Feminism is Teaching Me Self Love

One thing that I’ve always been insecure about is my body type. For some reason, I always had weird insecurities about the way I looked. I felt like everything was a little too big or too small for me.

Destiny’s List of Insecurities <3

  • My bust was (and is) huge. It made me uncomfortable to have such a big chest. I remember wishing that I could just take them off because so many people would point out my chest size. 
  • My stomach has been a recent issue for me. I see girls with my body type and I wonder, “Why doesn’t my stomach look flat like theirs? I’ve got the same bust size. Our butts look the same. Why is my stomach bigger?". 
  • My face is round. Actually, it’s more of an oval now. But I wonder why the universe didn’t give me cheekbones.
  • My curly hair isn’t voluminous enough. Why can’t I have big bouncy curls?

And so on. I look at myself in the mirror and nine times out of ten I’m thinking about one of these insecurities that I have. I remember one time while saying no to pizza because “My stomach doesn’t need to get any bigger.” a friend asked me why I thought that way. Without thinking I said, “I’m can’t be pretty if I’m fat.”.

“So all fat people are ugly?”. Immediately disagreed thinking about the plus-sized women who are absolutely drop-dead gorgeous. “So why do you think that you can’t be fat and pretty?”

She got me there.

The moment only lasted for about five seconds but it really changed the way I thought about myself. I really believe that everyone is beautiful in their own way. People hate to hear it but it’s true. Everyone is beautiful in their own way despite the fact that beauty standards tell you otherwise. I try my hardest to pass on this message. To tell people that I like their unconventional features if I adore them. And yet I struggle to tell myself these same things. Why?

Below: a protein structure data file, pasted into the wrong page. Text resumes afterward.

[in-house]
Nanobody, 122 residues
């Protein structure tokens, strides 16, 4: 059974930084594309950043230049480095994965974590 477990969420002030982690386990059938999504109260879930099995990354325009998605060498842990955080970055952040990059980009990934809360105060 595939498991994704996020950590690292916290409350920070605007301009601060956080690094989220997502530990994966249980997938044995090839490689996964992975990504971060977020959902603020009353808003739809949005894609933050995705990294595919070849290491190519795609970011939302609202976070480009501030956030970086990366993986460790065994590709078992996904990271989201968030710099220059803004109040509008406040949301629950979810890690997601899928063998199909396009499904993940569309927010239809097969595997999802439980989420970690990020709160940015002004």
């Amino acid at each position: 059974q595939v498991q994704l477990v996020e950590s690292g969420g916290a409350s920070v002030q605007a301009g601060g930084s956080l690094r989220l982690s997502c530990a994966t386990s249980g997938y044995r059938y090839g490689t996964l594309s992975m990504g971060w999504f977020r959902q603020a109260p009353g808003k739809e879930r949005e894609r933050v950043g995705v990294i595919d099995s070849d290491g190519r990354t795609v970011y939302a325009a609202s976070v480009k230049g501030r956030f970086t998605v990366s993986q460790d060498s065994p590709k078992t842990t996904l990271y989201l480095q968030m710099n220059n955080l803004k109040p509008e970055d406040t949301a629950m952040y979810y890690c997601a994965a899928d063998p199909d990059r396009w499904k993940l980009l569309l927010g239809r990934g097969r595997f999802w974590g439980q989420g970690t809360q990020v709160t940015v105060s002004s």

I realize that as a feminist I refuse to put down a woman because of the way they look. And in belittling myself I’m disrespecting the values of feminism. No woman should be judged by the way they look. And that includes me. Lately, I’ve been trying to treat myself like I'm another person. I try to find the beauty in my round face and my flat hair. There have been times where I complemented other people’s features that resembled mine. 

We’re all victims of the beauty standards that are prevalent within society. But the way to regain control and to promote real, authentic beauty is to be kind. Not only to other women but to ourselves as well.